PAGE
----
I have an employee at a mid-size IT startup who is texting during our Daily Standup meetings. It's just a text or two at a time, but it's obviously personal. They get emotionally aroused, tune out of the meeting, it's visible to others, and has been going on for 3 weeks without a miss.
I'm fine with people doing personal things at work, but want to avoid this during the few windows when we're supposed to engage each other as a team.
It's easy to ban phones in just this 10-minute meeting. In most, I'm fine with phone use. I want the delineation to be work use vs non-work use. To keep phones and laptops available for meeting-relevant work, but limit personal conversations to when one is alone.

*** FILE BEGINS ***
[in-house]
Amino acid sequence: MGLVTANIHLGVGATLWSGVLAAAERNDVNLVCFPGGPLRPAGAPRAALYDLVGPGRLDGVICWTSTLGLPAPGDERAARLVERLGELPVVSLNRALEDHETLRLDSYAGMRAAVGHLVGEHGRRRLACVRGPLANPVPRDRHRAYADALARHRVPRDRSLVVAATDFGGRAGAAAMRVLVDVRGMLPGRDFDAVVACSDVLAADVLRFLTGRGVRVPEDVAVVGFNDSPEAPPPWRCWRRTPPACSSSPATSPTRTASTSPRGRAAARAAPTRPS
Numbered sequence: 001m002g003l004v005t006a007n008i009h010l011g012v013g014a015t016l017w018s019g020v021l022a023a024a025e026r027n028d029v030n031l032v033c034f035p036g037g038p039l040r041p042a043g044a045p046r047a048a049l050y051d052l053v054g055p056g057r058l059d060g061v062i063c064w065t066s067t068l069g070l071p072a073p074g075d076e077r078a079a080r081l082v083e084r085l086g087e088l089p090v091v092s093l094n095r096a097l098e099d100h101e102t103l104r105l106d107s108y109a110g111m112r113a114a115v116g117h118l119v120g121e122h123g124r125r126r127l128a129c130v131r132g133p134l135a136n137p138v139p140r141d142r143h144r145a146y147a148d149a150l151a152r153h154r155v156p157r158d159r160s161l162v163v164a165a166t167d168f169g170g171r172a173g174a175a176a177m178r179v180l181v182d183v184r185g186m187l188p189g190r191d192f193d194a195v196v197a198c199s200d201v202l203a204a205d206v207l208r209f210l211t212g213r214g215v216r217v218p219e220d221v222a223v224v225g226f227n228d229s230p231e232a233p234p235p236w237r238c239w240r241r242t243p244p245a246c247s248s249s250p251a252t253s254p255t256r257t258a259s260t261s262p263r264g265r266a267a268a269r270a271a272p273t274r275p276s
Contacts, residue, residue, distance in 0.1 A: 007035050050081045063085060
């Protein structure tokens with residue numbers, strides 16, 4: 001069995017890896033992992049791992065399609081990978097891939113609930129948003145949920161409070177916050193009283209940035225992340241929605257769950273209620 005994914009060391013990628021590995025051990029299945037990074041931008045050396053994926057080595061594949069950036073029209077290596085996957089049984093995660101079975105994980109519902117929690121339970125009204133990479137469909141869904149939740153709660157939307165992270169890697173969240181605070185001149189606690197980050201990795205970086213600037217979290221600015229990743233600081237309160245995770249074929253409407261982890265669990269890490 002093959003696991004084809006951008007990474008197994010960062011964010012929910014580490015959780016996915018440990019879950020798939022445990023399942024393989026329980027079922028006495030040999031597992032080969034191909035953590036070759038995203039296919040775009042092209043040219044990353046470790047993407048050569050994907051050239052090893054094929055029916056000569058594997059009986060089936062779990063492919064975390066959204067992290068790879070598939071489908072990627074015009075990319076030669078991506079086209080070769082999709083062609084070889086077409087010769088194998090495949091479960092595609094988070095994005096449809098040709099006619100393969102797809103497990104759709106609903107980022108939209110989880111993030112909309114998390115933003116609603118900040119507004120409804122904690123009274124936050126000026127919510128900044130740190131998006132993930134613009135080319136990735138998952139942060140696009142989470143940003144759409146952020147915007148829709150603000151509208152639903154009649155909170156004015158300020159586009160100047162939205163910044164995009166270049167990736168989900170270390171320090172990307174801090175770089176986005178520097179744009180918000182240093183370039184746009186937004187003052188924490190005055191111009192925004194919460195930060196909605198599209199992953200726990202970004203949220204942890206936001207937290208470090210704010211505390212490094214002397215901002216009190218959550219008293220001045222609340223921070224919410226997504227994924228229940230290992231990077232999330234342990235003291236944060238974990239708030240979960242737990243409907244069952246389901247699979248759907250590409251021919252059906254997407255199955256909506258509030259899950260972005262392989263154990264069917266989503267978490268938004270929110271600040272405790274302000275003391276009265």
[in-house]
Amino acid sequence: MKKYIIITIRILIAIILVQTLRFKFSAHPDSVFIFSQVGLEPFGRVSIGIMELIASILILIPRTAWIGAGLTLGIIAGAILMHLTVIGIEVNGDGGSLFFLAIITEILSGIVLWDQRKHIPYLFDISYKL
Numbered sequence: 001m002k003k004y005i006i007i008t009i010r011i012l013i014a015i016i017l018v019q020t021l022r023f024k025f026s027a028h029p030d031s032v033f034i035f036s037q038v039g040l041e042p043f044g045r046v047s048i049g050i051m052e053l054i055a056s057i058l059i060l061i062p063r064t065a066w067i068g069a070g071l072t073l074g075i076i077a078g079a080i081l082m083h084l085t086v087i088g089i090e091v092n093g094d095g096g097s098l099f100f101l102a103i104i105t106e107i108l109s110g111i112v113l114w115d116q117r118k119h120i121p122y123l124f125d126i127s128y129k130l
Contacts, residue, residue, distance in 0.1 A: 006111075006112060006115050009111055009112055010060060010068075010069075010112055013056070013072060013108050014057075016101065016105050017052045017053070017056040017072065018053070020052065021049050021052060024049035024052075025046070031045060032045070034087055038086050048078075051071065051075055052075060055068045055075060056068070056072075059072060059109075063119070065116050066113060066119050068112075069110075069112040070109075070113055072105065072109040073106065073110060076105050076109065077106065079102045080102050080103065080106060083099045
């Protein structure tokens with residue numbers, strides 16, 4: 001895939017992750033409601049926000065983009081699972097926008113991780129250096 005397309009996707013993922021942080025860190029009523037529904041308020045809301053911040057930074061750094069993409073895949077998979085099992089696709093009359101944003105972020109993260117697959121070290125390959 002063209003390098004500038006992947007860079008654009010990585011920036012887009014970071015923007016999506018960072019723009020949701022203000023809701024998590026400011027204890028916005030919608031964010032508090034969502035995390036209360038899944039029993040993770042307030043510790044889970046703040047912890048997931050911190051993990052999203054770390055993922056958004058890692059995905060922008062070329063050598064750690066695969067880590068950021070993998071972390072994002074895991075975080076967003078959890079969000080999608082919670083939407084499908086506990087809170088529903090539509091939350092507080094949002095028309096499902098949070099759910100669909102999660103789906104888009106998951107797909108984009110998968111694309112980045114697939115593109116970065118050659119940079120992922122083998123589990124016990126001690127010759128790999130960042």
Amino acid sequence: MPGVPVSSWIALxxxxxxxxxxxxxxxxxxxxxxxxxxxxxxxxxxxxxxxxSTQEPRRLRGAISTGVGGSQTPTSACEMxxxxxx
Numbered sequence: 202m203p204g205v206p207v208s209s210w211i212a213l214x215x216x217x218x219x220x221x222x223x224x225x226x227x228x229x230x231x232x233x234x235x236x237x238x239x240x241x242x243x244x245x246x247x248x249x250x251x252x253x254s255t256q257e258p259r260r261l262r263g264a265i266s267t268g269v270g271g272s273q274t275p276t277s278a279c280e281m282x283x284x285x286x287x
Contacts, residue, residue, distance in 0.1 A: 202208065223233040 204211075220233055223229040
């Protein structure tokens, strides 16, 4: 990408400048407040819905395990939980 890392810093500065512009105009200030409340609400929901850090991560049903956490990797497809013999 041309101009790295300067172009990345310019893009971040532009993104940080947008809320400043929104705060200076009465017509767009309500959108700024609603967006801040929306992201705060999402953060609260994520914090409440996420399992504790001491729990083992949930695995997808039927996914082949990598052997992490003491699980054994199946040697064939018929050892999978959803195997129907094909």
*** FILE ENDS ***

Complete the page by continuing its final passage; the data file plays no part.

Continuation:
What would be the softest, least embarrassing way to ask an employee to avoid personal (not all) texting during meetings?
The options I've considered include:
- Discussing group norms without singling anyone out. My concern is that it would be obvious who it's about.
- Mentioning this "casually". I'm worried that it might feel like I'm intruding into their personal life (I know their texting is an office romance, but don't want to bring it out).
- Asking them not to use the phone during meetings at all. My concern is that this feels rigid and is a use of direct power, which I try to avoid. It would also be singling them out.
I don't want to restrict cell phones as tools, only their use for entertainment, and only when it's important to be engaged in the work. We do check them in meetings for work reasons, like looking up the calendar.
I'm not the employee's line manager, which I'm still hiring, and don't work with them much. Still, as the ranking company officer that's actually in the office, it falls to me.
This is complicated by high power distance, patriarchal culture the employee grew up in. Even a single embarrassing conversation could damage their self-esteem that's been difficult to build up.